Anaphylaxis

Anaphylactic reactions result from the interaction of antigens with specific IgE antibodies, which have been formed by previous exposure to the antigen. Anaphylactoid reactions are clinically indistinguishable from anaphylaxis but do not result from prior exposure to a triggering agent and do not involve IgE. Intravenous anaesthetics and muscle relaxants can cause anaphylactic or anaphylactoid reactions and, rarely, they are fatal. Muscle relaxants are responsible for 70% of anaphylactic reactions during anaesthesia and suxamethonium accounts for almost half of these.

Cocaine had been suggested as a local anaesthetic for clinical use when Sigmund Freud investigated the alkaloid in Vienna in 1884 with Carl Koller. The latter had long been interested in the problem of local anaesthesia in the eye, for general anaesthesia has disadvantages in ophthalmology. Observing that numbness of the mouth occurred after taking cocaine orally he realised that this was a local anaesthetic effect. He tried cocaine on animals' eyes and introduced it into clinical ophthalmological practice, whilst Freud was on holiday. Freud had already thought of this use and discussed it but, appreciating that sex was of greater importance than surgery, he had gone to see his fiancée. The use of cocaine spread rapidly and it was soon being used to block nerve trunks. Chemists then began to search for less toxic substitutes, with the result that procaine was introduced in 1905.

Desired properties. Innumerable compounds have local anaesthetic properties, but few are suitable for clinical use. Useful substances must be water-soluble, sterilisable by heat, have a rapid onset of effect, a duration of action appropriate to the operation to be performed, be nontoxic, both locally and when absorbed into the circulation, and leave no local after-effects.

Mode of action. Local anaesthetics prevent the initiation and propagation of the nerve impulse (action potential). By reducing the passage of sodium through voltage-gated sodium ion channels they raise the threshold of excitability; in consequence, conduction is blocked at afferent nerve endings, and by sensory and motor nerve fibres. The fibres in nerve trunks are affected in order of size, the smallest (autonomic, sensory) first, probably because they have a proportionately greater surface area, and then the larger (motor) fibres. Paradoxically the effect in the central nervous system is stimulation (see below).

Pharmacokinetics. The distribution rate of a single dose of a local anaesthetic is determined by diffusion into tissues with concentrations approximately in relation to blood flow (plasma t]/2 only a few minutes). By injection or infiltration, local anaesthetics are usually effective within 5min and have a useful duration of effect of 1-1.5 h, which in some cases may be doubled by adding a vasoconstrictor (below).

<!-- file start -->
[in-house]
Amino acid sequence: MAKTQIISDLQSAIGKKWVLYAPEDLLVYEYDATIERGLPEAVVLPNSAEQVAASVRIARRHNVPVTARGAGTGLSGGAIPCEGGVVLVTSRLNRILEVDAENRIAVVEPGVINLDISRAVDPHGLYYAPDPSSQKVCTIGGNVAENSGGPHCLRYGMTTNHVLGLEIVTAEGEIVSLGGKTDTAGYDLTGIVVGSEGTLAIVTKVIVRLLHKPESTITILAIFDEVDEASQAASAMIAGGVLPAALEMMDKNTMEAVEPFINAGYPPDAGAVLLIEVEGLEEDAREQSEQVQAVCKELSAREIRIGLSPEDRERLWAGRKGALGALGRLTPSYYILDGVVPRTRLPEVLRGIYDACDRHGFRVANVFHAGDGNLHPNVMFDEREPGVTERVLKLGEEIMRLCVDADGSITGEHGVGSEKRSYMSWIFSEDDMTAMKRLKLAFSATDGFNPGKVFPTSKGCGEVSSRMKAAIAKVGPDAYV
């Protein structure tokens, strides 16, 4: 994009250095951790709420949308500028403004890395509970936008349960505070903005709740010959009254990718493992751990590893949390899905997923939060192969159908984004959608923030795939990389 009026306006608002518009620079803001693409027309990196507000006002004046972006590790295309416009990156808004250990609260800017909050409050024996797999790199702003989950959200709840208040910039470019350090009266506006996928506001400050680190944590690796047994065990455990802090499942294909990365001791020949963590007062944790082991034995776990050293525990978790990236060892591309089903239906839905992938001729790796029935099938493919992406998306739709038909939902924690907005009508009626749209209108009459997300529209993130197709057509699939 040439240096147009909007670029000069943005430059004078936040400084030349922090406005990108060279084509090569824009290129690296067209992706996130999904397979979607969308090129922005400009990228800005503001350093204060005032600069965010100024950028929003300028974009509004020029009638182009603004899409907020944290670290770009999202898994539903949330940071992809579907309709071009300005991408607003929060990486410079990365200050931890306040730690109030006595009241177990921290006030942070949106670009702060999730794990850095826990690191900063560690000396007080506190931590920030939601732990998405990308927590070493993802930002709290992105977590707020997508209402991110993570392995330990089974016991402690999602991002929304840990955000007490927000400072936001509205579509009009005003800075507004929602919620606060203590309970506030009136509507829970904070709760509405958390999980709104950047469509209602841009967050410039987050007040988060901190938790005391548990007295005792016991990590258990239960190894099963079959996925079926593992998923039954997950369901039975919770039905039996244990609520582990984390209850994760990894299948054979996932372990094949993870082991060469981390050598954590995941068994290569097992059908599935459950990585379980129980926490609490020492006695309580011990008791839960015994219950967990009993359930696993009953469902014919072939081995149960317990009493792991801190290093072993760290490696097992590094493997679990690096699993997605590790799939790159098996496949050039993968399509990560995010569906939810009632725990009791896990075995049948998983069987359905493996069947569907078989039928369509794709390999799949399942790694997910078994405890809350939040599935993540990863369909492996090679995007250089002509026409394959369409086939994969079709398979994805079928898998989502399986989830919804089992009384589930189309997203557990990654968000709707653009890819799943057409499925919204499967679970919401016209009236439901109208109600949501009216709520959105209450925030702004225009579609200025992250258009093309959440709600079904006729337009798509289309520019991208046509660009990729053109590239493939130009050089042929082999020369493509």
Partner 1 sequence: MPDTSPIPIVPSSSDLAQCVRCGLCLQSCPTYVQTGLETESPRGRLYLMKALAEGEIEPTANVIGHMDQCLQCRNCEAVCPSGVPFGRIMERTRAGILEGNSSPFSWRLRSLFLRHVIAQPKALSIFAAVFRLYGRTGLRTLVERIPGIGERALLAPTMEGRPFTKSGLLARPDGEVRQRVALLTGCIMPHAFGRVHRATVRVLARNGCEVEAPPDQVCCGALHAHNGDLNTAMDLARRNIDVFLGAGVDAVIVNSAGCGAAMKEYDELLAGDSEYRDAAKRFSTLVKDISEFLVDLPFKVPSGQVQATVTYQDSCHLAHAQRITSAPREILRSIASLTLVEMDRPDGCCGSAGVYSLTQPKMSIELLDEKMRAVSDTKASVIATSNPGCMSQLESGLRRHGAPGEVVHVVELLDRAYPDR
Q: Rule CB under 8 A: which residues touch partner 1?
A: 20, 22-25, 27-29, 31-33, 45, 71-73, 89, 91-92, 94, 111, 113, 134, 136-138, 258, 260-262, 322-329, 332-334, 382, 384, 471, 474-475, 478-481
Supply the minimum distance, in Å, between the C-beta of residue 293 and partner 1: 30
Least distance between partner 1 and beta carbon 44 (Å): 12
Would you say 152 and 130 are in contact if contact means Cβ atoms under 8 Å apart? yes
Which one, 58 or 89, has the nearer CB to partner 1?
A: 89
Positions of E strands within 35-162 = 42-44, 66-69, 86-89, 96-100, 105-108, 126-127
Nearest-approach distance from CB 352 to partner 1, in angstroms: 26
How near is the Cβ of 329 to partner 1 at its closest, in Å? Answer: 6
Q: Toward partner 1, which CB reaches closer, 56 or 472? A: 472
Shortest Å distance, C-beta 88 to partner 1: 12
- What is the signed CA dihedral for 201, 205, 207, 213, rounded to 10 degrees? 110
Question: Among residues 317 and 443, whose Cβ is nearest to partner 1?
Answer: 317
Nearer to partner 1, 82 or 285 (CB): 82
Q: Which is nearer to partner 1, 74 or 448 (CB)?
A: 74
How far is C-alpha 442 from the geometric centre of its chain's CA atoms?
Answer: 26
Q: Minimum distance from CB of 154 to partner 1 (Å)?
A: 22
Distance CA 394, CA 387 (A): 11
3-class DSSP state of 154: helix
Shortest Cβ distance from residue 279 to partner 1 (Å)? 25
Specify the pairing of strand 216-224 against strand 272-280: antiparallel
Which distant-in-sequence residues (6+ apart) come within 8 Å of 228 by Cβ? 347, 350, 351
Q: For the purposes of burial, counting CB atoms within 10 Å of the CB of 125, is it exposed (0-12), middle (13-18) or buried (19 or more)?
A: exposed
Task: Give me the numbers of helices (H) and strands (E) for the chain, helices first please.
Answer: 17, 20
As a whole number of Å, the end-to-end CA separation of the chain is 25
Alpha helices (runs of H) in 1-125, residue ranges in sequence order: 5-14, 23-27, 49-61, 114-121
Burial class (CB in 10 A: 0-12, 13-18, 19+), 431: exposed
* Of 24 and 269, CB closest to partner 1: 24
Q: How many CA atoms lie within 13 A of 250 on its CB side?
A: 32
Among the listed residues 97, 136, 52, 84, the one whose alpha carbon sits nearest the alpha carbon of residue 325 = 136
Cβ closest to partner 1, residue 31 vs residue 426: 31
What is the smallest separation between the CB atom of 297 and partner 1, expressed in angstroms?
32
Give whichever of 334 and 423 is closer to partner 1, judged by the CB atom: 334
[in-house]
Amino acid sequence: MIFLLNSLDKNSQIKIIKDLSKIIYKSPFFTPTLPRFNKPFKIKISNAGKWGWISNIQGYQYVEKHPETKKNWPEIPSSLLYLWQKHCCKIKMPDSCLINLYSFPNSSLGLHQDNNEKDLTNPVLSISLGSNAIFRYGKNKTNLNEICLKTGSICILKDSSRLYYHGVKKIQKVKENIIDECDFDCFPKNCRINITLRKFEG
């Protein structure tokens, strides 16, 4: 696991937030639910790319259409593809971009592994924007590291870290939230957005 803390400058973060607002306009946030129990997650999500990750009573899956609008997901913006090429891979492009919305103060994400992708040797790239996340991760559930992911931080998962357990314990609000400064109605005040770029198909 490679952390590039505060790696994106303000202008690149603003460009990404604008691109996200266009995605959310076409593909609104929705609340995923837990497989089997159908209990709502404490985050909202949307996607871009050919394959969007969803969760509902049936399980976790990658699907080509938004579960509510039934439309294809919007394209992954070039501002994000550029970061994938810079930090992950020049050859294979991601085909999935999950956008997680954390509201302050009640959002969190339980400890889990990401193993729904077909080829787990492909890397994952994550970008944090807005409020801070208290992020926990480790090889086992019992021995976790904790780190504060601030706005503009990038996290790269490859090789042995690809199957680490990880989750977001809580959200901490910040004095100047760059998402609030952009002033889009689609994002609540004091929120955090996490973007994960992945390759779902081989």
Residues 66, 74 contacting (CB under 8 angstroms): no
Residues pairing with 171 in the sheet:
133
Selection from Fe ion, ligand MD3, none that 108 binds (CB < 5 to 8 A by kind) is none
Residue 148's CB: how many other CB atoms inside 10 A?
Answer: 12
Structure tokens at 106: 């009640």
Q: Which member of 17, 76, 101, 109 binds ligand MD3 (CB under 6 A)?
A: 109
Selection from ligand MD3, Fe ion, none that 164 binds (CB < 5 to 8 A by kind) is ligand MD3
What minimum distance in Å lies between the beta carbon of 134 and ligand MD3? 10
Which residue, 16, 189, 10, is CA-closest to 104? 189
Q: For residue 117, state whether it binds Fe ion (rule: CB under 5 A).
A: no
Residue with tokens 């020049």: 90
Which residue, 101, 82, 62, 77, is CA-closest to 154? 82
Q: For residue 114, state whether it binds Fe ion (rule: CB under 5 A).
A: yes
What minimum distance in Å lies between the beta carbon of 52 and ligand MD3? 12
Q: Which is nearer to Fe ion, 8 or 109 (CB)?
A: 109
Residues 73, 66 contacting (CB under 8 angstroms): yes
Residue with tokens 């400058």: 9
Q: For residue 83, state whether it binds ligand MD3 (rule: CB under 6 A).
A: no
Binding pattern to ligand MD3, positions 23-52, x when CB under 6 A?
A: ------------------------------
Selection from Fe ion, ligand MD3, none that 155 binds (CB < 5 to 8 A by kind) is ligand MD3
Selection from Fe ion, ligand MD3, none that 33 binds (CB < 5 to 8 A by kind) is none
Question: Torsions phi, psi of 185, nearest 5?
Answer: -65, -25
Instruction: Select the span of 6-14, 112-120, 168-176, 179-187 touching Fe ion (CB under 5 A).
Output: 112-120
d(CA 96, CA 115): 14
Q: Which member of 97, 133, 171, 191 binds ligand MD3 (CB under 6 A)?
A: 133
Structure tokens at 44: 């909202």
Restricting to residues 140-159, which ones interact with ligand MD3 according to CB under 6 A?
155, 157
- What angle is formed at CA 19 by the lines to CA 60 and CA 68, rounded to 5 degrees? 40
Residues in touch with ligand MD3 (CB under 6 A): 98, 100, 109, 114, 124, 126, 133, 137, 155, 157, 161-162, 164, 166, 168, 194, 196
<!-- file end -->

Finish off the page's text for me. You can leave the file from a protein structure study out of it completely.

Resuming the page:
Most local anaesthetics are used in the form of the acid salts, as these are both soluble and stable. The acid salt (usually HCI) dissociates in the tissues to liberate the free base, which is biologically active. This dissociation is delayed in abnormally acid, e.g. inflamed, tissues; but the risk of spreading infection makes local anaesthesia undesirable in infected areas.

Absorption from mucous membranes on topical application varies according to the compound. Those that are well absorbed are used as surface anaesthetics (cocaine, lidocaine, prilocaine). Absorption of topically applied local anaesthetic can be extremely rapid and give plasma concentrations comparable to those obtained by injection. This has led to deaths from overdosage, especially via the urethra.

For topical effect on intact skin for needling procedures a eutectic8 mixture of bases of prilocaine or lidocaine is used (EMLA — eutectic mixture of

8 A mixture of two solids that becomes a liquid because the mixture has a lower melting point than either of its components.

Local anaesthetics local anaesthetics). Absorption is very slow and a cream is applied under an occlusive dressing for at least 1 h. Tetracaine gel 4% (Ametop) is more effective than EMLA cream and allows pain free venepuncture 30 minutes after application.

Ester compounds (cocaine, procaine, tetracaine, benzocaine) are hydrolysed by liver and plasma esterases and their effects may be prolonged where there is genetic enzyme deficiency.

Amide compounds [lignocaine (lidocaine), prilo-caine, bupivacaine, levobupivacaine, ropivacaine] are dealkylated in the liver.

Impaired liver function, whether due to primary cellular insufficiency or to low liver blood flow as in cardiac failure, may both delay elimination and allow higher peak plasma concentrations of both types of local anaesthetic. This is likely to be important only with large or repeated doses or infusions. These considerations are important in the management of cardiac arrhythmias by i.v. infusion of lignocaine (lidocaine) (see p. 502).

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